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Hot rides for 2011

Rates are low, dealers are motivated and carmakers are one-upping each other in every category

Sep. 2, 2010 - 04:21PM   |   Last Updated: Sep. 2, 2010 - 04:21PM  |  
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If the idea of walking onto a new-car lot reminds you of going into battle, you're not alone. The salesmen can be trickier than a Taliban ambush. But there may not be a better time to buy. "If you look at the industry numbers, they're down, so dealers are willing to deal, and there are a lot of incentives out in the market," says USAA vice president Tom Ferries, a former Army infantryman.

Interest rates are among the lowest ever, and military credit unions can arm you with some of the best new-car loans available.

Some lenders, including USAA, Navy Federal Credit Union and others, offer 100 percent financing with a 2.99 percent annual rate. That brings your monthly payment on a 60-month loan for a new Ford Mustang G-6 to just under $400. Some intel straight from the front to help you get started on your hunt after the photo gallery. (The gallery features cars in the order they're mentioned in this story.)

SUVs

Mahindra Scorpio

One thing that's mostly missing from the American SUV market is a diesel-powered SUV, and one thing that's completely missing is an affordable diesel SUV. That's the niche India's Mahindra Motors is hoping to fill with its Scorpio, a medium-compact-sized four-door/five-passenger four-wheel-drive SUV with a 2.6-liter turbo-diesel four-cylinder engine. The Scorpio produces torque comparable to the output of a large V-6 or small V-8 while delivering consistent 20-something mpg average fuel economy. The very high torque output at low engine speed is ideal for serious off-roading or fording heavy snow and gives the Scorpio a best-in-class tow rating of 5,000 pounds. But Mahindra is a new face in the U.S., and dealers will be few and far between for the first few years.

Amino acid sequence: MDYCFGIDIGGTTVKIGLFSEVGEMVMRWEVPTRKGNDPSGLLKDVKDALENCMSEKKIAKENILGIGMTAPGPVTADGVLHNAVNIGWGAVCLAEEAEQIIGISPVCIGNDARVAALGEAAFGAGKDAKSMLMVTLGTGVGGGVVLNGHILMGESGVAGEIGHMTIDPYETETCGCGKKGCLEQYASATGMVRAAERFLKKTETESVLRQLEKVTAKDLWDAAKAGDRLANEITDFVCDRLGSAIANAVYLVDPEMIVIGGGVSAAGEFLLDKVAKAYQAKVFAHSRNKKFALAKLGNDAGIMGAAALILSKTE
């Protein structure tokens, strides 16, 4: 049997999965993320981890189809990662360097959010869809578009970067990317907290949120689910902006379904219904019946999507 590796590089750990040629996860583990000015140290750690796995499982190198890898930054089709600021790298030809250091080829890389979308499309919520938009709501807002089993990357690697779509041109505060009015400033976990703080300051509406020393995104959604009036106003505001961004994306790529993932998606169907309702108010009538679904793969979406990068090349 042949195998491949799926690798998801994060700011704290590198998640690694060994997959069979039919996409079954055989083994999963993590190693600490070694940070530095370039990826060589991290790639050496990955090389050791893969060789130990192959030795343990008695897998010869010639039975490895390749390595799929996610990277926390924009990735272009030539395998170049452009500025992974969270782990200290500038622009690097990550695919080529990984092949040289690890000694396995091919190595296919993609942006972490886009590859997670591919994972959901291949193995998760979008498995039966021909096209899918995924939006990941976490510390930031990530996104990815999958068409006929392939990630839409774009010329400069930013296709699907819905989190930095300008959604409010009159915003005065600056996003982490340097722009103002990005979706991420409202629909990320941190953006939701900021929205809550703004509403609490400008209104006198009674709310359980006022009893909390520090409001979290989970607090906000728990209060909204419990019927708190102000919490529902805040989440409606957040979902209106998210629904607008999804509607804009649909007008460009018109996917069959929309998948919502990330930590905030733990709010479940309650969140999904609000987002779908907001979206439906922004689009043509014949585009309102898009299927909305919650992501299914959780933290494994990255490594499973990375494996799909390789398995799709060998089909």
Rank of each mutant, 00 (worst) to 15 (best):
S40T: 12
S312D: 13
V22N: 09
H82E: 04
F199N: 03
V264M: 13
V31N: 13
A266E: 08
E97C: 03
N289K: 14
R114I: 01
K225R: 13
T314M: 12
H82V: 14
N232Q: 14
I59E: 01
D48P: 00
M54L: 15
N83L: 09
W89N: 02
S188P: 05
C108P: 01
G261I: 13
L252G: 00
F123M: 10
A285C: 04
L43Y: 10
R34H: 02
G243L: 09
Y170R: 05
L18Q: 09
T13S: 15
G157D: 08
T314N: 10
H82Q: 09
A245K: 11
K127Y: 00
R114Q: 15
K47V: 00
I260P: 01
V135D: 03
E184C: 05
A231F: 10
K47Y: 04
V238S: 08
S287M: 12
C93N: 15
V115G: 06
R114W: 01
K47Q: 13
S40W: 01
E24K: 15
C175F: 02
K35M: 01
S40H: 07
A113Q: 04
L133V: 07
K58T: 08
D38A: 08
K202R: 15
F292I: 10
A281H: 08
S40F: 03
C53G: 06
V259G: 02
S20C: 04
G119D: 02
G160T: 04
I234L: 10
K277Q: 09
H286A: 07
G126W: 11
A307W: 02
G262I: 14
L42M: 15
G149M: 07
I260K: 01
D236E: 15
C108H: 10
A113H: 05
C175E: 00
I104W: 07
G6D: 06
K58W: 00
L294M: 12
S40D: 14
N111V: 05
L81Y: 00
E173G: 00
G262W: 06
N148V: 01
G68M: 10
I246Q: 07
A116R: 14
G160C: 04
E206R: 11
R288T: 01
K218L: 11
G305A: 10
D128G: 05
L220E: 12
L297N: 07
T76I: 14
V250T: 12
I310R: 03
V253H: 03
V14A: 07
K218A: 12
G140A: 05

• Estimated base price: $19,500.

Nissan Juke

Kia enjoyed an unexpected monster hit last year with its "attitude" crossover SUV, the Soul. This year, Nissan's hitting back with the 2011 Juke. It'll be hard to miss with its aggressive pontoon-style fender flares, hood-mounted projector-beam headlights, "shaved" rear door handles and a swooped-back roofline like a '50s greaser. It will back up its tough-guy looks with a standard 180-horsepower, turbocharged, 1.6-liter, four-cylinder engine with direct injection teamed with either a CVT automatic or six-speed manual transmission. All-wheel-drive versions will be available. Expect the Juke to start showing up at Nissan dealerships around September.

• Estimated base price: $18,500.

Chevy Orlando

Minivans are out — at least traditional full-size minivans. But the people-carrying functionality of a minivan-like vehicle is still very much in. Orlando will arrive at dealers sometime in the spring or summer of 2011. Look for tight packaging on the outside with three rows of adult-friendly seats on the inside and room for seven passengers using a system Chevy calls Flex-7, with a fold-flat third row and second row seats that slide forward and backward to maximize cargo capacity or legroom. The concept car Chevy displayed for the media had a neat, full-length panorama glass roof. All-wheel drive may be available later in the production run.